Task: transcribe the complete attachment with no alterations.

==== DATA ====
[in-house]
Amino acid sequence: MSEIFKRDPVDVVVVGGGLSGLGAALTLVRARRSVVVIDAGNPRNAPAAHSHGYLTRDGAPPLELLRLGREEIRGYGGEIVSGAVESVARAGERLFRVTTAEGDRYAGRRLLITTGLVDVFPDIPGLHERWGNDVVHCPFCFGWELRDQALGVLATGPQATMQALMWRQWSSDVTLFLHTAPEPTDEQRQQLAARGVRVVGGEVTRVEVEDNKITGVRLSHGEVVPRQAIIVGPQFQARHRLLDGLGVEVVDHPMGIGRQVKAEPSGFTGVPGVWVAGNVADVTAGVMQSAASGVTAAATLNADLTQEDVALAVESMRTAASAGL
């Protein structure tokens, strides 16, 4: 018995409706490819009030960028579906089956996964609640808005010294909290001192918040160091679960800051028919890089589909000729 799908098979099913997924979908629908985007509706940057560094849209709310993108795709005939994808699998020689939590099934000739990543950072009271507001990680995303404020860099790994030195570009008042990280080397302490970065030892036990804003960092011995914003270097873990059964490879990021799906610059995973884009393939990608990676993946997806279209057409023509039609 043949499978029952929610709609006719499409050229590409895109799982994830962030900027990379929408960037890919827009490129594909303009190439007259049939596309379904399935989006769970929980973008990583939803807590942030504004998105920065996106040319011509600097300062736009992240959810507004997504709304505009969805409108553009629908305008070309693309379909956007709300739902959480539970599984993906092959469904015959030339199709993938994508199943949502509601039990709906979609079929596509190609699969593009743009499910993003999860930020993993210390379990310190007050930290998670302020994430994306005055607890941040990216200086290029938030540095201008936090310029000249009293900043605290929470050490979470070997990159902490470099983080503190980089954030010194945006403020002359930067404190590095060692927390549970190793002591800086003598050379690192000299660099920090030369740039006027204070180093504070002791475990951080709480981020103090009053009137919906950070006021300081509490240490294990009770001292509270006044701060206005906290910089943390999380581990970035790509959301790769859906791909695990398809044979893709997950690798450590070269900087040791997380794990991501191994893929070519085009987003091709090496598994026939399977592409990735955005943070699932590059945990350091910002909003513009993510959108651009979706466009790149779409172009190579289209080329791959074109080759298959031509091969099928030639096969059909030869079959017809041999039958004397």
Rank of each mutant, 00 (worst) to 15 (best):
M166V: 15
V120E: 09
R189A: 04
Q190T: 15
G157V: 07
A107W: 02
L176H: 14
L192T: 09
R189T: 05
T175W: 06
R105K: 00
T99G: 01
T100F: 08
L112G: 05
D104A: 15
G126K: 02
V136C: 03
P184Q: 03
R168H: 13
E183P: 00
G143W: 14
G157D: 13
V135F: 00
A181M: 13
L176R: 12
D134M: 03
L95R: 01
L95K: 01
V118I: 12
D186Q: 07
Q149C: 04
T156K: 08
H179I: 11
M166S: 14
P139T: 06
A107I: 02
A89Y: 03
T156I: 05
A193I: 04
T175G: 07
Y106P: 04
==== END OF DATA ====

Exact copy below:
[in-house]
Amino acid sequence: MSEIFKRDPVDVVVVGGGLSGLGAALTLVRARRSVVVIDAGNPRNAPAAHSHGYLTRDGAPPLELLRLGREEIRGYGGEIVSGAVESVARAGERLFRVTTAEGDRYAGRRLLITTGLVDVFPDIPGLHERWGNDVVHCPFCFGWELRDQALGVLATGPQATMQALMWRQWSSDVTLFLHTAPEPTDEQRQQLAARGVRVVGGEVTRVEVEDNKITGVRLSHGEVVPRQAIIVGPQFQARHRLLDGLGVEVVDHPMGIGRQVKAEPSGFTGVPGVWVAGNVADVTAGVMQSAASGVTAAATLNADLTQEDVALAVESMRTAASAGL
């Protein structure tokens, strides 16, 4: 018995409706490819009030960028579906089956996964609640808005010294909290001192918040160091679960800051028919890089589909000729 799908098979099913997924979908629908985007509706940057560094849209709310993108795709005939994808699998020689939590099934000739990543950072009271507001990680995303404020860099790994030195570009008042990280080397302490970065030892036990804003960092011995914003270097873990059964490879990021799906610059995973884009393939990608990676993946997806279209057409023509039609 043949499978029952929610709609006719499409050229590409895109799982994830962030900027990379929408960037890919827009490129594909303009190439007259049939596309379904399935989006769970929980973008990583939803807590942030504004998105920065996106040319011509600097300062736009992240959810507004997504709304505009969805409108553009629908305008070309693309379909956007709300739902959480539970599984993906092959469904015959030339199709993938994508199943949502509601039990709906979609079929596509190609699969593009743009499910993003999860930020993993210390379990310190007050930290998670302020994430994306005055607890941040990216200086290029938030540095201008936090310029000249009293900043605290929470050490979470070997990159902490470099983080503190980089954030010194945006403020002359930067404190590095060692927390549970190793002591800086003598050379690192000299660099920090030369740039006027204070180093504070002791475990951080709480981020103090009053009137919906950070006021300081509490240490294990009770001292509270006044701060206005906290910089943390999380581990970035790509959301790769859906791909695990398809044979893709997950690798450590070269900087040791997380794990991501191994893929070519085009987003091709090496598994026939399977592409990735955005943070699932590059945990350091910002909003513009993510959108651009979706466009790149779409172009190579289209080329791959074109080759298959031509091969099928030639096969059909030869079959017809041999039958004397």
Rank of each mutant, 00 (worst) to 15 (best):
M166V: 15
V120E: 09
R189A: 04
Q190T: 15
G157V: 07
A107W: 02
L176H: 14
L192T: 09
R189T: 05
T175W: 06
R105K: 00
T99G: 01
T100F: 08
L112G: 05
D104A: 15
G126K: 02
V136C: 03
P184Q: 03
R168H: 13
E183P: 00
G143W: 14
G157D: 13
V135F: 00
A181M: 13
L176R: 12
D134M: 03
L95R: 01
L95K: 01
V118I: 12
D186Q: 07
Q149C: 04
T156K: 08
H179I: 11
M166S: 14
P139T: 06
A107I: 02
A89Y: 03
T156I: 05
A193I: 04
T175G: 07
Y106P: 04